IIRC the smallest panel replacement on a Veyron costs around 75k, and I think average price for repairs is 250k. Oil chance is 7 grand.

              2. Ogi

                Re: Cars of the day... with good old steel bumpers and side panels

                > The bus company were reasonably happy to accept responsibility, up until they got the £20,000(!) repair bill.

                To save weight, because every ounce of energy is precious (being directly related to the range before needing a long charge), BEVs are made almost completely with aluminium.

                Aluminium is a PITA to weld, you need to use a TIG welder, and correspondingly needs a higher skilled weldor. As a result, while pretty much every garage can weld steel, very few specialist places can weld aluminium, and the costs + labour are correspondingly higher.

                Especially with electric vehicles, as you have to be very careful to not ignite the battery pack while welding, and make sure it is electrically isolated/safe.

                Saying that, more and more ICE cars are also going to Aluminium bodies to save weight (and improve economy), so I expect they will have similar repair costs.

                1. jake Silver badge

                  Re: Cars of the day... with good old steel bumpers and side panels

                  "Aluminium is a PITA to weld"

                  ?? Really? I don't find that to be true at all. Now iron, that's a PITA ...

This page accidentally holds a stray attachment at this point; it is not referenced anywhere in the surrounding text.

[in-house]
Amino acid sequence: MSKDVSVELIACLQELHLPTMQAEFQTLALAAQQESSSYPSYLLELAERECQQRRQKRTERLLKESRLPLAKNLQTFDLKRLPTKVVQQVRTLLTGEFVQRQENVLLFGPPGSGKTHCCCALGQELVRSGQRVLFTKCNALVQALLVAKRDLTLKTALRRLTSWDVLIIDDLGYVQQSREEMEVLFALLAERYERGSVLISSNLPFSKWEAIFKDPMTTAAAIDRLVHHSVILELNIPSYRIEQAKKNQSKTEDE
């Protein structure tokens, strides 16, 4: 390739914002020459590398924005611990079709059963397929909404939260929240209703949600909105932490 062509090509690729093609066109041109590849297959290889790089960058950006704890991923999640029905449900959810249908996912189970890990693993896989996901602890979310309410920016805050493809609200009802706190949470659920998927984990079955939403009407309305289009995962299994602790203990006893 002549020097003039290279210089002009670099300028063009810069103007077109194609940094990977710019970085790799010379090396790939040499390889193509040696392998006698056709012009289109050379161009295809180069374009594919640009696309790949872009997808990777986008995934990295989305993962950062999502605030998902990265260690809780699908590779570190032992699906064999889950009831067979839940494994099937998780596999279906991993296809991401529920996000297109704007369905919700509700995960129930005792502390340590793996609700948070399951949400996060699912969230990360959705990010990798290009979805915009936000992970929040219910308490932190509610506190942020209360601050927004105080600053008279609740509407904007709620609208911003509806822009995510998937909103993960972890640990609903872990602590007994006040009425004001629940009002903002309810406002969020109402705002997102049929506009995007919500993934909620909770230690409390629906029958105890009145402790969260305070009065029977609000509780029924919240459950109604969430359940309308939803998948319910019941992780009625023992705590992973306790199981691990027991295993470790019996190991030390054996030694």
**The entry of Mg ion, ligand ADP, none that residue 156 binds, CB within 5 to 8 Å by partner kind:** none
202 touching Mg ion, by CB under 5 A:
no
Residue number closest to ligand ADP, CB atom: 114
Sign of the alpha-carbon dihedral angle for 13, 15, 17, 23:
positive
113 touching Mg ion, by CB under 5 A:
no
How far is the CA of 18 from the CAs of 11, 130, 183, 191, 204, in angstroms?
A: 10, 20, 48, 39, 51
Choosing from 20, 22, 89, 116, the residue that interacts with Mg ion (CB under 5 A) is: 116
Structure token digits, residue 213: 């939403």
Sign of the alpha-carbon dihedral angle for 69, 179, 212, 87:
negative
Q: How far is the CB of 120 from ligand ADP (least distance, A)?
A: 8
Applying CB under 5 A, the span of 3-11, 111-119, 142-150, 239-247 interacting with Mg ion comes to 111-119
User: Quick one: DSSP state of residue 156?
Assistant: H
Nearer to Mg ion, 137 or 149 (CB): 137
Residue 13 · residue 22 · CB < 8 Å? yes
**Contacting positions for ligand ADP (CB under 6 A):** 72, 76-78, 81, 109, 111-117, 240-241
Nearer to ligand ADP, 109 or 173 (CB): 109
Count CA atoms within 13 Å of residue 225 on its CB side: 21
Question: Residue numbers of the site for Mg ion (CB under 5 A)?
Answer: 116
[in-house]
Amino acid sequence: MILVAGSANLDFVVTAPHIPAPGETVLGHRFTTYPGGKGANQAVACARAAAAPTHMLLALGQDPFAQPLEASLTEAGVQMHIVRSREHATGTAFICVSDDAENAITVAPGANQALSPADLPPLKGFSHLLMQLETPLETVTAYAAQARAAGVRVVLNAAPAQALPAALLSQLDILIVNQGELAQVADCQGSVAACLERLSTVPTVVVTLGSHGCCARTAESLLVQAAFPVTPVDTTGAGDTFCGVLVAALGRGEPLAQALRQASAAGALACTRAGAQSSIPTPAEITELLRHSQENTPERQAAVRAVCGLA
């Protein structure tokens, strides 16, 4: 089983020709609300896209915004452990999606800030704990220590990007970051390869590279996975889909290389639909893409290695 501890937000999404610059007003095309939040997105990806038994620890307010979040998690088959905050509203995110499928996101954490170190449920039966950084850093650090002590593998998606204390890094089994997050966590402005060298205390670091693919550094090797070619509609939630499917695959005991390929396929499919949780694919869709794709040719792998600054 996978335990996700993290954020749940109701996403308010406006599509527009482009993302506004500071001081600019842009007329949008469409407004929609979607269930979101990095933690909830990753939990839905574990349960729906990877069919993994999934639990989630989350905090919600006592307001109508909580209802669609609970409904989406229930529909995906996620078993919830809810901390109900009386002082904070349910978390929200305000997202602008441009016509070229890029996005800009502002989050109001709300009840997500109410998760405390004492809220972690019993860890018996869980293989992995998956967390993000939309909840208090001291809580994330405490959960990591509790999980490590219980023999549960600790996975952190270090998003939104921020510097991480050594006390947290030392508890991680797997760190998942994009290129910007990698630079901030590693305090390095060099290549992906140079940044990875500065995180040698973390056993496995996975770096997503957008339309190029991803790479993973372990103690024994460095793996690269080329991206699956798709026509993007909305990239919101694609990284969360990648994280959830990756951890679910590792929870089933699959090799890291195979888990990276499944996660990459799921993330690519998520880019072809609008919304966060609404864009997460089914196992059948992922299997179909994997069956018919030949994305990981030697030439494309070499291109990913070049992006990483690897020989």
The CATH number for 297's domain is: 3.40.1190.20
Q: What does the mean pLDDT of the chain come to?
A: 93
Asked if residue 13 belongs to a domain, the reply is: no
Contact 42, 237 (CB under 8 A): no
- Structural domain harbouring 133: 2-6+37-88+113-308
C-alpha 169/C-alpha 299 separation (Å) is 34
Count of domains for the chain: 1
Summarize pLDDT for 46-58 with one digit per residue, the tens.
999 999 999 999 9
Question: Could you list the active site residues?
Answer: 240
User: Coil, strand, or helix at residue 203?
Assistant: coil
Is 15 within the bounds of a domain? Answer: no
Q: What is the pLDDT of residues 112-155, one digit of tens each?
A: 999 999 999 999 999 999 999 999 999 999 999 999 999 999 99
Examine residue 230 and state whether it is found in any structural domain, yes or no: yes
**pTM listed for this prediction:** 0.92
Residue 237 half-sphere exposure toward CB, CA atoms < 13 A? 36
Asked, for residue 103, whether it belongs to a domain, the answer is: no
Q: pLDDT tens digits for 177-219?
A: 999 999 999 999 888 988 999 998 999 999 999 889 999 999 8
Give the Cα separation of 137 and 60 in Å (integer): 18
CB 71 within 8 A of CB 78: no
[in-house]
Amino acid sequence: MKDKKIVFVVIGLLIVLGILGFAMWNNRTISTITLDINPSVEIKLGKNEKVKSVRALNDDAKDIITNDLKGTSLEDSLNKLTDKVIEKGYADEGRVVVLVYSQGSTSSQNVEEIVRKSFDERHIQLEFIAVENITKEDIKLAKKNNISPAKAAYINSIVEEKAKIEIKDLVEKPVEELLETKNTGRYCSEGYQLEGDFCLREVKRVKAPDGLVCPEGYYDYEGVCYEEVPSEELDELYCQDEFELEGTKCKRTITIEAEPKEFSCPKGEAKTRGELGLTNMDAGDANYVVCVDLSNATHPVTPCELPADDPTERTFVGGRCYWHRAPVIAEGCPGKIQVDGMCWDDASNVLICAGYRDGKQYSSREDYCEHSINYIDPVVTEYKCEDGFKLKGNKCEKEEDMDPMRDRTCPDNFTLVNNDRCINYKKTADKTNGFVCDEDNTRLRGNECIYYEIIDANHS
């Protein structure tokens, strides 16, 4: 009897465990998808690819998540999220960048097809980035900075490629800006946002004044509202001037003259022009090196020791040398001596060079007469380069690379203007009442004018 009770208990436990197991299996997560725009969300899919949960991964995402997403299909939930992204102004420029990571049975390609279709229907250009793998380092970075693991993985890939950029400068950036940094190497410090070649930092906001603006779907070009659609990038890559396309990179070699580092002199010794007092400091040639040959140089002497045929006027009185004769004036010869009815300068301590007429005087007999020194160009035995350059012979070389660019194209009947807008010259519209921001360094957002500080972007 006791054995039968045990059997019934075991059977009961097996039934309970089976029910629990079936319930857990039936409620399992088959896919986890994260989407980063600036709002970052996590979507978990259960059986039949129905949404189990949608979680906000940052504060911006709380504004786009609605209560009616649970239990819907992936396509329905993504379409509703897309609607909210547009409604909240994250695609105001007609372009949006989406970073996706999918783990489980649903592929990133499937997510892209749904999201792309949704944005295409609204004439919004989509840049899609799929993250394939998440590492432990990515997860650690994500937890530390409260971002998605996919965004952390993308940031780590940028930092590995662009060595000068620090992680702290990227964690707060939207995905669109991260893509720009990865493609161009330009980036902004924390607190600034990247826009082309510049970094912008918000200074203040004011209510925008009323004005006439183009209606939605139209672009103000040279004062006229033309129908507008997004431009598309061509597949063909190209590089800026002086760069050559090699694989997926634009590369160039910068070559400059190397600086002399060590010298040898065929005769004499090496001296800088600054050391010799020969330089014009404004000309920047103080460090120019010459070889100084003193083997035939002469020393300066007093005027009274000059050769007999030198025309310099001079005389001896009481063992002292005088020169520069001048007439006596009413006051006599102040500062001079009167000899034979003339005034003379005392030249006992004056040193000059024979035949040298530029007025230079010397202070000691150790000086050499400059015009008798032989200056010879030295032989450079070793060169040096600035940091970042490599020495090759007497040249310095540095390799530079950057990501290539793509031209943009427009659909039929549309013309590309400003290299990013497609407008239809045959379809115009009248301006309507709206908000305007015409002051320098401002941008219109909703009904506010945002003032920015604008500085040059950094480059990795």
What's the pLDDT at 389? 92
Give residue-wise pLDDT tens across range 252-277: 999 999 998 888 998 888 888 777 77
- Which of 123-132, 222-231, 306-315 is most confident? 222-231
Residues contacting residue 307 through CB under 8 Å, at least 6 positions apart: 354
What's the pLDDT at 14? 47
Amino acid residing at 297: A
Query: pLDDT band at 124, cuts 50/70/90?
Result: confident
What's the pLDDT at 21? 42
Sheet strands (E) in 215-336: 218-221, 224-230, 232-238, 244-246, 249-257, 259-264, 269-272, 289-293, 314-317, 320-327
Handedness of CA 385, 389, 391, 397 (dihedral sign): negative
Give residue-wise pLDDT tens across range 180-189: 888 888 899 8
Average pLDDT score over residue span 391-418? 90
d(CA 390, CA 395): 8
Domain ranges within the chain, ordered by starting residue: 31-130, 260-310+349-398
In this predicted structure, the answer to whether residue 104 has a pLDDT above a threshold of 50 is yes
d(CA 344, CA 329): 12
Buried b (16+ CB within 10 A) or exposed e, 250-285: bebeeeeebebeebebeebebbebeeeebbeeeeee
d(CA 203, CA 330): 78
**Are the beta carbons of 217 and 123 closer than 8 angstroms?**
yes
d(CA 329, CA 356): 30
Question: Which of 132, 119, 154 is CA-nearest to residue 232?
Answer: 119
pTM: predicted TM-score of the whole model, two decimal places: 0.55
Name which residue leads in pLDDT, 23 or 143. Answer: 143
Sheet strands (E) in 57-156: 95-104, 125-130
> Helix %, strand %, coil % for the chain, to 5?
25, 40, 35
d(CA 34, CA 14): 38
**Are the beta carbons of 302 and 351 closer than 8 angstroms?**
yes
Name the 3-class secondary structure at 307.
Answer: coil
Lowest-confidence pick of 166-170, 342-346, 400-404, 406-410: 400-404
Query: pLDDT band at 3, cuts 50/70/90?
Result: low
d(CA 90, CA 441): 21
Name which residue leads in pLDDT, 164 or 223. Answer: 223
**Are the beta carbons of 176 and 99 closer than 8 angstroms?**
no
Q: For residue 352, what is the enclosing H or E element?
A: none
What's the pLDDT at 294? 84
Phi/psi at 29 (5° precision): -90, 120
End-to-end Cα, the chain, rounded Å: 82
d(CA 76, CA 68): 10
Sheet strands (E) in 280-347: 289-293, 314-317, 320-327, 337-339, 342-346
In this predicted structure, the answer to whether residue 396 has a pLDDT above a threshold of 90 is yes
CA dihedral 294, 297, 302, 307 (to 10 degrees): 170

"you need to use a TIG welder"

                  No, you don't need to use TIG. MIG works just fine.

                  "and correspondingly needs a higher skilled weldor"

                  Nah. Just a welder with a different skill set.

          2. phy445

            Re: Cars of the day... with good old steel bumpers and side panels

            Yes, but in those days a lot more people were killed / seriously injured in car accidents. Those crumpling effects are deliberate – they take a lot of energy out of the collisions. For an IT angle they take a lot of computer power to work out how to do.

            1. Niall Mac Caughey

              Re: Cars of the day... with good old steel bumpers and side panels

              Many years ago I came upon an accident on a narrow, winding, but busy road. It had happened a short while earlier and the police had arrived but not the ambulance.

              A dozy blonde bint (misogynistic? Perhaps. Accurate - definitely) had come around the bend in her fairly new Datsun with her wheels planted evenly on both sides of the solid white line. Travelling in the opposite direction on the correct side of the road was a man in an NSU Prinz - it was vintage even back then.

              The Datsun was a mess, driver's side front mangled, car leaking fluids. The woman was sitting on the curb in hysterics. In contrast the NSU was barely damaged and the driver was sitting quietly behind the wheel.

              He was quiet because he was dead. The blonde's Datsun had crumpled and absorbed the energy of the impact; the NSU had resisted and transferred the force to the driver, whose neck had broken as a result.

          3. Anonymous Coward
            Anonymous Coward

            Re: Cars of the day... with good old steel bumpers and side panels

            The "plastic pieces scattered all around " is all too true for today's cars. I live in the rural area of the US. When I see plastic on the street in front of my house I know Bambi forgot to look both ways before crossing the street.

            1. Alan Newbury

              Re: Cars of the day... with good old steel bumpers and side panels

              Similar here in Australia - just substitute "Skippy" for "Bambi"

          4. Tom 7

            Re: Cars of the day... with good old steel bumpers and side panels